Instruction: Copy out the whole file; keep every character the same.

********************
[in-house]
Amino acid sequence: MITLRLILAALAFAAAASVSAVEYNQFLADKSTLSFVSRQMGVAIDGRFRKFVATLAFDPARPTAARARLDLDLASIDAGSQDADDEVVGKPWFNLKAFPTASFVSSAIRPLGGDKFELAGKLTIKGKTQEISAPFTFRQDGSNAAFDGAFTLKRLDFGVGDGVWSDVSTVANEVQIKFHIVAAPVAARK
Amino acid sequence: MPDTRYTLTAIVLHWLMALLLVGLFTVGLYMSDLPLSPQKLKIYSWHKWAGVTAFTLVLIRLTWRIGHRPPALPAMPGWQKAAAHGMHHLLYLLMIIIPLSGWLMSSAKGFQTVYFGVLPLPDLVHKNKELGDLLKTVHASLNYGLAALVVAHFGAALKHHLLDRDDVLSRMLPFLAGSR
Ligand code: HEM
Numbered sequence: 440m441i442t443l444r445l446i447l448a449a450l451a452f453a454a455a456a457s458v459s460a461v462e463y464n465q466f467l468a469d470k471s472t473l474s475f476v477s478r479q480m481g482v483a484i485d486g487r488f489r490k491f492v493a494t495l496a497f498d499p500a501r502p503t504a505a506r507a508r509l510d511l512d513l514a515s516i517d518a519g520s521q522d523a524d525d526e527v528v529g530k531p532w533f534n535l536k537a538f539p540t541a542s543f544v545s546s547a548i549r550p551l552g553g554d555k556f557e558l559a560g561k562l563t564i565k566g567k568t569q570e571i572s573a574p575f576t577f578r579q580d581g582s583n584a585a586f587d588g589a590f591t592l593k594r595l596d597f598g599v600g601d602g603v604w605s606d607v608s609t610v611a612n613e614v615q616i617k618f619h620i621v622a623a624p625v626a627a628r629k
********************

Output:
[in-house]
Amino acid sequence: MITLRLILAALAFAAAASVSAVEYNQFLADKSTLSFVSRQMGVAIDGRFRKFVATLAFDPARPTAARARLDLDLASIDAGSQDADDEVVGKPWFNLKAFPTASFVSSAIRPLGGDKFELAGKLTIKGKTQEISAPFTFRQDGSNAAFDGAFTLKRLDFGVGDGVWSDVSTVANEVQIKFHIVAAPVAARK
Amino acid sequence: MPDTRYTLTAIVLHWLMALLLVGLFTVGLYMSDLPLSPQKLKIYSWHKWAGVTAFTLVLIRLTWRIGHRPPALPAMPGWQKAAAHGMHHLLYLLMIIIPLSGWLMSSAKGFQTVYFGVLPLPDLVHKNKELGDLLKTVHASLNYGLAALVVAHFGAALKHHLLDRDDVLSRMLPFLAGSR
Ligand code: HEM
Numbered sequence: 440m441i442t443l444r445l446i447l448a449a450l451a452f453a454a455a456a457s458v459s460a461v462e463y464n465q466f467l468a469d470k471s472t473l474s475f476v477s478r479q480m481g482v483a484i485d486g487r488f489r490k491f492v493a494t495l496a497f498d499p500a501r502p503t504a505a506r507a508r509l510d511l512d513l514a515s516i517d518a519g520s521q522d523a524d525d526e527v528v529g530k531p532w533f534n535l536k537a538f539p540t541a542s543f544v545s546s547a548i549r550p551l552g553g554d555k556f557e558l559a560g561k562l563t564i565k566g567k568t569q570e571i572s573a574p575f576t577f578r579q580d581g582s583n584a585a586f587d588g589a590f591t592l593k594r595l596d597f598g599v600g601d602g603v604w605s606d607v608s609t610v611a612n613e614v615q616i617k618f619h620i621v622a623a624p625v626a627a628r629k